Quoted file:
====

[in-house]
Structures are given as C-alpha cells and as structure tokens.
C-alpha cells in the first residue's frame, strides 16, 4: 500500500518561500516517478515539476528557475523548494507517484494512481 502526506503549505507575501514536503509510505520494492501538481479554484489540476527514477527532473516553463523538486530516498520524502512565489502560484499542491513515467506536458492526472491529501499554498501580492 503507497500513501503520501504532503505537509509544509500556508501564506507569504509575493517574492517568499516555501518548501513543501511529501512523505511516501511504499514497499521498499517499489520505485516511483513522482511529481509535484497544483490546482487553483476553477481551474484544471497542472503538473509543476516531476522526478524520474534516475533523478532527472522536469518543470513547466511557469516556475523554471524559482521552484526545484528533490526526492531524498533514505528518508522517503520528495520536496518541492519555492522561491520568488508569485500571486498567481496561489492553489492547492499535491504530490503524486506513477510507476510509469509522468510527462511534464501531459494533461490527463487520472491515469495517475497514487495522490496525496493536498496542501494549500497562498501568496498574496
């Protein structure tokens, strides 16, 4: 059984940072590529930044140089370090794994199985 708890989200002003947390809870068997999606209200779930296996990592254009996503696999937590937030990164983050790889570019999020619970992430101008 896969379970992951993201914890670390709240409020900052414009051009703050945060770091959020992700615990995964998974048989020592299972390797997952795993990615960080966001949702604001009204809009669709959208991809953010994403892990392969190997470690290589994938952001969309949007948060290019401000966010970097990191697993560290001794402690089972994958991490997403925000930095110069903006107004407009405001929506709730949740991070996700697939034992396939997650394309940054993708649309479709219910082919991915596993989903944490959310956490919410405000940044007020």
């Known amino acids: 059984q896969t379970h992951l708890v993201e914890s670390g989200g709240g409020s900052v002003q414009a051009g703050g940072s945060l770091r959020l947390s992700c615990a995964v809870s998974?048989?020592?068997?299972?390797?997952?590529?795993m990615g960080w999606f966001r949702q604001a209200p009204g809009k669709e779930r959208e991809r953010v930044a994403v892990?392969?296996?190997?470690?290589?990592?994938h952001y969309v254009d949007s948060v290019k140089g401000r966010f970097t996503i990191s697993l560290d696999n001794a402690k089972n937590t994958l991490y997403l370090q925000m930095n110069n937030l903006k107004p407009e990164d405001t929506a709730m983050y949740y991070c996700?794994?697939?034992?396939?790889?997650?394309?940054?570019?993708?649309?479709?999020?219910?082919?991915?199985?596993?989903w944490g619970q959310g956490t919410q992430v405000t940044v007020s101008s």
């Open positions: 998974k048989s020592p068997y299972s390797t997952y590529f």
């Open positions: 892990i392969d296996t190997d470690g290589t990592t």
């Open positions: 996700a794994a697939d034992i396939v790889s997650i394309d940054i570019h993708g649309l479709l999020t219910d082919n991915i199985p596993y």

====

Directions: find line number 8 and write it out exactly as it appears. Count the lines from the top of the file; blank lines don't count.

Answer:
């Open positions: 996700a794994a697939d034992i396939v790889s997650i394309d940054i570019h993708g649309l479709l999020t219910d082919n991915i199985p596993y």